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Latin American Countries Are Struggling to Curb COVID-19 Coronavirus

Coronavirus related cases in Latin American countries have made highlights over the last couple of weeks. The cases are rapidly increasing to the point where respective government and medical officials are not in a position to do much about it. Mexico has recorded over 1.2 million active cases and more than 60,000 deaths thus far. “We are especially worried about Central and South America, where many countries are witnessing accelerating epidemics,” World Health Organization Director-General Tedros Adhanom Ghebreyesus said on Wednesday.

The WHO does not believe either Central or South America have reached peak transmission, meaning the number of people getting sick and dying might continue to rise.


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Medical officials dissuade returning back to normal too soon as they feel a second way may be on the brink of spreading.

Among the countries affected, the below stated are among the few to have been hit badly.


Brazil has been in crisis mode since mid this year, the country records 645,771 Coronavirus cases and 35,026 deaths.

The country now has overtaken Italy to become the country with the third-highest deaths in the world and will likely surpass the United Kingdom soon.

Brazil has been conducting far less PCR tests on average as opposed to countries like the U.S. and UK hence, many cases end up undetected.

Photos: The coronavirus is surging in Brazil

The country’s Health Minister Coordinator stated that certain Covid-19 cases have likely been recorded as severe acute respiratory syndrome, or SARS, due to the state’s low Covid-19 testing capacity.

A study released by the Federal University of Rio Grande do Sul believes Brazil would reach 1 million cases and 50,000 deaths by June 20.

Despite the concerns portrayed the country has gradually reopened its cities.

Rio de Janeiro is allowing non-essential businesses like churches, car shops and decoration stores to accept customers once again.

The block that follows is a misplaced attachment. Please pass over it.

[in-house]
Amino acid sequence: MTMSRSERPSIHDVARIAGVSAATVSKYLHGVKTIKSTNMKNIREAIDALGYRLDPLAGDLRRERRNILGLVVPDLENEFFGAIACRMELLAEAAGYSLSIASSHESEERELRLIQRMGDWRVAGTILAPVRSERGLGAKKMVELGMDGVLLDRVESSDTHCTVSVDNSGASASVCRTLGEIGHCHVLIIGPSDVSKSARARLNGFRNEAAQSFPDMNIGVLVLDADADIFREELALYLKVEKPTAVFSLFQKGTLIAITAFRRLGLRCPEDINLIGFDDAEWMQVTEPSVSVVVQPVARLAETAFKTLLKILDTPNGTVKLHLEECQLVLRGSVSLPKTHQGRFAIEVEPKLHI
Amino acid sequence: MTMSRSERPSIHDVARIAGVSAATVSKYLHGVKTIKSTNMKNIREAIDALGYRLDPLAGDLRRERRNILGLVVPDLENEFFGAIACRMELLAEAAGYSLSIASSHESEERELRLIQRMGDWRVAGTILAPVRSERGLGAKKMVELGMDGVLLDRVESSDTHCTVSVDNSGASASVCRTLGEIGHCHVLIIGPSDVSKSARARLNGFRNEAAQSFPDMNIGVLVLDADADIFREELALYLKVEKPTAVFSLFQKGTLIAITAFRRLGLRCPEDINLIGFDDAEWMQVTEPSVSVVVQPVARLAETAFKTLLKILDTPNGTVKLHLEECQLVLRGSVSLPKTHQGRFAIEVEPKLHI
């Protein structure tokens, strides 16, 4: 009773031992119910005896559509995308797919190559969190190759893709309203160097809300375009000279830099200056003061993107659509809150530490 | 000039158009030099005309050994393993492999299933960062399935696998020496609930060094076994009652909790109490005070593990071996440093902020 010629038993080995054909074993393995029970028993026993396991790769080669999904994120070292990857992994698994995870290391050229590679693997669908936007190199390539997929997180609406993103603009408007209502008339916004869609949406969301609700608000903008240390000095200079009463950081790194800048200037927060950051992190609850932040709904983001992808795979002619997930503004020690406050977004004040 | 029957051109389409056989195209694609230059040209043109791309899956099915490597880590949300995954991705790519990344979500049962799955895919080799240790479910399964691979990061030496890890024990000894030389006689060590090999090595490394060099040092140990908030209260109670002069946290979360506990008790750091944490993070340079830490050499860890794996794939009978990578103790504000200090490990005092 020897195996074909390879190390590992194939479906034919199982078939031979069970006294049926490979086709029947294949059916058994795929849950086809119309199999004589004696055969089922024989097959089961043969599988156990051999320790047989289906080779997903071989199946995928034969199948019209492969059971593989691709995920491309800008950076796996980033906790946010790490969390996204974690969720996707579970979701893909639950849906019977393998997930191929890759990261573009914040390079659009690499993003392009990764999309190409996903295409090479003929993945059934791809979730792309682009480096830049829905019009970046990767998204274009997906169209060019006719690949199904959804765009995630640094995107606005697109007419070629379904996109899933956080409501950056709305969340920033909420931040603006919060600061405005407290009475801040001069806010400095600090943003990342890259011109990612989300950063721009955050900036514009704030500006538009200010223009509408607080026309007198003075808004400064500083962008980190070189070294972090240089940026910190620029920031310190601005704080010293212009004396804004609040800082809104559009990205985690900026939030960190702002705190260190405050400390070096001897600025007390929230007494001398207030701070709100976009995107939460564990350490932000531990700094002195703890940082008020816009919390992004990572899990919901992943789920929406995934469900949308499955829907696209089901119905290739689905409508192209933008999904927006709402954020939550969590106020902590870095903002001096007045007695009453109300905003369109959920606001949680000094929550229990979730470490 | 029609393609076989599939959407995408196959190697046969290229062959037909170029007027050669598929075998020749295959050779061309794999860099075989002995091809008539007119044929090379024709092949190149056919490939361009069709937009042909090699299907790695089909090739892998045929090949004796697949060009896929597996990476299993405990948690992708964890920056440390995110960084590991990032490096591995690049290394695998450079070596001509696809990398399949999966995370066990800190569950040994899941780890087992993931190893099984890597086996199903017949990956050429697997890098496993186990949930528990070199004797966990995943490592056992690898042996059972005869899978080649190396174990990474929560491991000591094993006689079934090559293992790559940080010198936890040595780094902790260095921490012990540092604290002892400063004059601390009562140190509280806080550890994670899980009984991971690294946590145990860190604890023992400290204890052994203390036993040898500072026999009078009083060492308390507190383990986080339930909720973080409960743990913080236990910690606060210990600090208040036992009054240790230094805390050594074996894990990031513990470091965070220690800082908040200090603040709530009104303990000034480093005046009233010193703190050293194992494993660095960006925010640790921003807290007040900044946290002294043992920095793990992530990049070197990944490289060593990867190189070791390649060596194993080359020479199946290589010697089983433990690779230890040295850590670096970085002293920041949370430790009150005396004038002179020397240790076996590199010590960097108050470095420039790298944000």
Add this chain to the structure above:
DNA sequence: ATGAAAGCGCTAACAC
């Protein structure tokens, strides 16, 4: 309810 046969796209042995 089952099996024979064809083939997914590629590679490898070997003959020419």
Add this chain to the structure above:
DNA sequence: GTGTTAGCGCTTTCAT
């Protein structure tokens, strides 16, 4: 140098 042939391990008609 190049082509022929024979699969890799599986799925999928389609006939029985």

Mexico’s situation isn’t too good either, with the country recording its worst week of the outbreak, both in confirmed cases and deaths.

More than 1,000 deaths were noted in the country within a single day for the first time and that too for three consecutive days.

The country currently has begun reopening its roads and cities as well despite government warnings. Deputy Health Secretary Hugo López Gatell, who leads Mexico’s Covid-19 response, has urged Mexicans to stay home. He has stressed that the country is not out of the woods, even if some sectors of the economy begin to reopen.

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But President Andrés Manuel López Obrador offered a different message.

“Don’t steal, don’t rob, don’t betray, and that helps a lot with not getting the Coronavirus,” he said Thursday. He also told people to socially distance when they could, and wash their hands.

Mexico has recorded 110,026 cases and 13,170 deaths. But given extremely low testing rates in the country, health officials have said the true number of cases is likely well into the millions.


People of Peru were seen this week lining up for hours to get their oxygen tanks refilled, however, when they got to the top of the queue a shocking surprise awaited them. The prices of the refill had skyrocketed to a point where the sellers were making substantial profits.

“Our mission is to avoid the development of a black market that is mercantile and uses a pandemic to abuse people,” said Cesar Chaname, a spokesperson for Peru’s public health agency.

Peru recorded 187,400 active cases, making the country the second-highest in the region behind Brazil.

The country has far better testing rates than other countries in the region, something experts say helps understand how bad the outbreak there truly is.

Residents stand in a line at a soup kitchen on the outskirts of Lima, Peru, on Friday, May 29.

Peruvian officials announced that they’d be enforcing the second phase of its reopening plan, where businesses like clothing stores and hair salons can operate again.

President Martin Vizcarra feels the moves would roughly enable 80% of the country’s economy to be open soon.

“We can’t support 100% of the country’s needs with just 50% of the economy’s output,” he said.


Despite some dismal situations faced by many Latin American countries there, however, are some success stories as well. Uruguay, being one of those ‘stories’ has managed to curb calamities of the virus to an extent.

Uruguay reported just 834 active cases with 23 fatalities in total. Experts feel the quick response and early measures taken by the country has ensured a rather successful outcome.

Consequently, there is less risk as Uruguay begins to reopen its economy.

The country began easing restrictions in early May. On June 1 primary and secondary rural education started again in more than 400 schools, and businesses are also gradually being allowed to reopen.

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